Simplified unencumbered navigation: The first step to going anywhere online is the toolbar, just type in the URL and press return/enter, and you’re off. In some ways this area serves as your car’s dashboard that you look at every time you get behind the wheel. We kept it simple and focused on these three key areas of the toolbar: 1) Navigation – back, forward and refresh 2) Address Bar – privacy shield (so you know your ambient information is always protected), security lock and where to type in your URL. 3) Frequently Used Settings – reader mode, zoom level and bookmark. Our intent was to make it easier for people to focus on the frequently used items in this area and easily get to where they needed to go.
Streamlined clutter-free menus: There are many ways to get to your preferences and settings, and we found that the two most popular ways were: 1) the hamburger menu – button on the far right with three equal horizontal lines – and 2) the right-click menu. So, we prioritized the content based on what people clicked on when they visited the menu. We made the labels less cryptic and clear and easier to understand, and we removed some icons so that it was easier for people to see at a glance where they wanted to go.
Productivity-inspired new tab design: Tabs. We use them every day. They signal where you are, but we need them to do more work. Everything from conveying information about what video is playing to where your next Zoom meeting is. It’s no surprise that more than 50% of people have 4 tabs or more open. We redesigned these tabs so that they floated neatly, and we added the visual indicators, like blocking autoplay videos until you’re ready to visit that tab. We detached the tab from the browser to invite you to move, rearrange and pull out tabs into a new window to suit your flow, and organize them so they’re easier for you to find.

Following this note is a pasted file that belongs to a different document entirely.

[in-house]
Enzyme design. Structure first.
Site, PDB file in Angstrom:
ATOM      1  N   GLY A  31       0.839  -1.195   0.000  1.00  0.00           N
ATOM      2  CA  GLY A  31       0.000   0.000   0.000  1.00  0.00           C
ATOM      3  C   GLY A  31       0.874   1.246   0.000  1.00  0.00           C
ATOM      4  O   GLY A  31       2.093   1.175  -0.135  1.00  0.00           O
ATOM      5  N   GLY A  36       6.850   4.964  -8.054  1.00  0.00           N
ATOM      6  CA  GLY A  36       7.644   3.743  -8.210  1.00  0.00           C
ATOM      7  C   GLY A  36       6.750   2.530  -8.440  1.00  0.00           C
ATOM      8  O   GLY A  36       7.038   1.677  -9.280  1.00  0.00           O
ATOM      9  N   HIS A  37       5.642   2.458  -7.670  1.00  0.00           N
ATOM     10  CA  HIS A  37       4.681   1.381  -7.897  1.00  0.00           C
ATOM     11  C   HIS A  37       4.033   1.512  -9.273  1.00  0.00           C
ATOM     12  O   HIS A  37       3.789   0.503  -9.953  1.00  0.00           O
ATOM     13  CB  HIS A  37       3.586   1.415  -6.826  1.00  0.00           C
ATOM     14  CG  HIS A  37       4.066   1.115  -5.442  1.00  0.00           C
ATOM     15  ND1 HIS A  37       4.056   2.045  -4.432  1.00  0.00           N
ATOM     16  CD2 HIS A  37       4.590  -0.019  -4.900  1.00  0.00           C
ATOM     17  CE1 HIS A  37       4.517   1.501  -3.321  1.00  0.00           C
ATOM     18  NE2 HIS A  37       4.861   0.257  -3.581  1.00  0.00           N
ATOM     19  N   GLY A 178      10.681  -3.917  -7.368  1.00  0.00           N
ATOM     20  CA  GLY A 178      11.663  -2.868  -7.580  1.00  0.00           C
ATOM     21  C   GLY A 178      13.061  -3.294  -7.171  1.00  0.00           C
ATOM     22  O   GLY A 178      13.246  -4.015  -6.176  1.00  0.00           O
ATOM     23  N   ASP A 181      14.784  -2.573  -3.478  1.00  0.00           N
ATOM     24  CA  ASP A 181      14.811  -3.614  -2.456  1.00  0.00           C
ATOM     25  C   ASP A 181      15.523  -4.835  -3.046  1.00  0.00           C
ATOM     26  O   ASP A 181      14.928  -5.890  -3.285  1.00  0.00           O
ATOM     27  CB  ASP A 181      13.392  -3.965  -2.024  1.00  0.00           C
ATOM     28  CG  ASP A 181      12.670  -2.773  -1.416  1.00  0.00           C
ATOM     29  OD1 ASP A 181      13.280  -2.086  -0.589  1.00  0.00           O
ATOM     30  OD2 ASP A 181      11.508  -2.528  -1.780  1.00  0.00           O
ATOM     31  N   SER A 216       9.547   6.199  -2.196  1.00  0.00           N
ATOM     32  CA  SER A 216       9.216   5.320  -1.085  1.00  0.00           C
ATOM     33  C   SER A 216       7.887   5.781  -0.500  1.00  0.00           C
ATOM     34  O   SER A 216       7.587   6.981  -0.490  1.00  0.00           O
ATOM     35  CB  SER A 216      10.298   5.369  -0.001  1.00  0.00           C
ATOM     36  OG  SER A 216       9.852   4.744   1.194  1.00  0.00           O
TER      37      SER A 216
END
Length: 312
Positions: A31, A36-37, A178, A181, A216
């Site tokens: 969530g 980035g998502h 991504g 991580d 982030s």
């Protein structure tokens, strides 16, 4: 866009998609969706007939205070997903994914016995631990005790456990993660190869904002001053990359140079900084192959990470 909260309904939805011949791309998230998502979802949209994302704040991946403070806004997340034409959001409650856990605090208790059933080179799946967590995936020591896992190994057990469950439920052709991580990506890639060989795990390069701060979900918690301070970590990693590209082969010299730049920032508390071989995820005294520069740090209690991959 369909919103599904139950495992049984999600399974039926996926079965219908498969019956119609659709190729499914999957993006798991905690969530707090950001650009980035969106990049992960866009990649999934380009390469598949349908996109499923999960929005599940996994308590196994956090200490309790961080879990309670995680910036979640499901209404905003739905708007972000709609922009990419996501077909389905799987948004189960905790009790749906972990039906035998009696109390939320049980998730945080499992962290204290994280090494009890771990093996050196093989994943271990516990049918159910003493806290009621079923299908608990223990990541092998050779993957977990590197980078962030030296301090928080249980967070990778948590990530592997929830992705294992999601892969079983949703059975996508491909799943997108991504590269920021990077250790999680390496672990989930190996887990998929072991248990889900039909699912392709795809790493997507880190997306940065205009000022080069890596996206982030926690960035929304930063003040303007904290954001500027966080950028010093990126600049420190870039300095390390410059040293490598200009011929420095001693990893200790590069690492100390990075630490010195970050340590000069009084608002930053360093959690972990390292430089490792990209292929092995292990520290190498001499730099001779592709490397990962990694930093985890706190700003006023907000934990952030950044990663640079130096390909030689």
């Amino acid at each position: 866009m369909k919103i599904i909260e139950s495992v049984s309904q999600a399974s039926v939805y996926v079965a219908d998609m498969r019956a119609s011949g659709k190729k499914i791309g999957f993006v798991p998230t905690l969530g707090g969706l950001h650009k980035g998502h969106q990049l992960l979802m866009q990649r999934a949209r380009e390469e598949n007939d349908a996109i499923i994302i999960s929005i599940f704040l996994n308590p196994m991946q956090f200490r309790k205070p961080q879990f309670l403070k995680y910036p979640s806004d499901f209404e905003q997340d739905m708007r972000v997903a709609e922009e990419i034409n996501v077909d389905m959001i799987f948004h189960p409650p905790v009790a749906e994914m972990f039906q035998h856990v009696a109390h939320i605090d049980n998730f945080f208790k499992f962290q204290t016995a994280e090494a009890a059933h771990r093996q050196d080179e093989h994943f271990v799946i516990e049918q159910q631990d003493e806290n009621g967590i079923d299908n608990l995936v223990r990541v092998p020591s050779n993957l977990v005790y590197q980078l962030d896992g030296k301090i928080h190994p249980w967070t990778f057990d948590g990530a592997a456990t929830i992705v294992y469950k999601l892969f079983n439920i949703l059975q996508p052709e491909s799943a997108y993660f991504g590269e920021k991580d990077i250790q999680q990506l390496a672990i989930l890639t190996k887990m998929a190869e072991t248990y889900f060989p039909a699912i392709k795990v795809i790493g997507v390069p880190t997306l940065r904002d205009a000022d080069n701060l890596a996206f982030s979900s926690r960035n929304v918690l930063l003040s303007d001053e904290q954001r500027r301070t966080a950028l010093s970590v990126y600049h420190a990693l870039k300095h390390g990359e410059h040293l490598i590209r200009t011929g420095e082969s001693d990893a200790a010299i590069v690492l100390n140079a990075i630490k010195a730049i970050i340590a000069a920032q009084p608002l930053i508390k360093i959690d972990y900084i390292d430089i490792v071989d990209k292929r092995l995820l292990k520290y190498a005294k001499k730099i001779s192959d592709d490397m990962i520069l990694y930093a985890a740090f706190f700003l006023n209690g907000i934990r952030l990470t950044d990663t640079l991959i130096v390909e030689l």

We shushed notifications: Your web experience shouldn’t be bogged down by a bunch of notifications, and if you have to be given a heads-up on something, it should look good and not be a distraction. You’ll see consolidated the panels so you can respond more quickly and get back to why you were online in the first place faster. We specifically reduced some of the frustration and re-prompting associated with getting in and out of Google Meet meetings. Thanks to this pared down interface, you can get to all your web calls and meetings with fewer clicks.
Fresh, new Firefox for iOS: And we took care to pay attention to the key touches particularly on Apple devices. The improved iPhone and iPad experience includes a modernized, optimized and differentiated Firefox user interface. We reduced the steps to search in a new tab by automatically popping up the keyboard, emphasizing the ability to do quick searches with the search engine logo, and adding the append feature. You’ll see improved navigation around the app with new tab views and moved the synced tabs into the tab tray for better discoverability on any device. We refreshed design elements such as iconography and menu items naming to be consistent across our desktop and Firefox for Android platforms.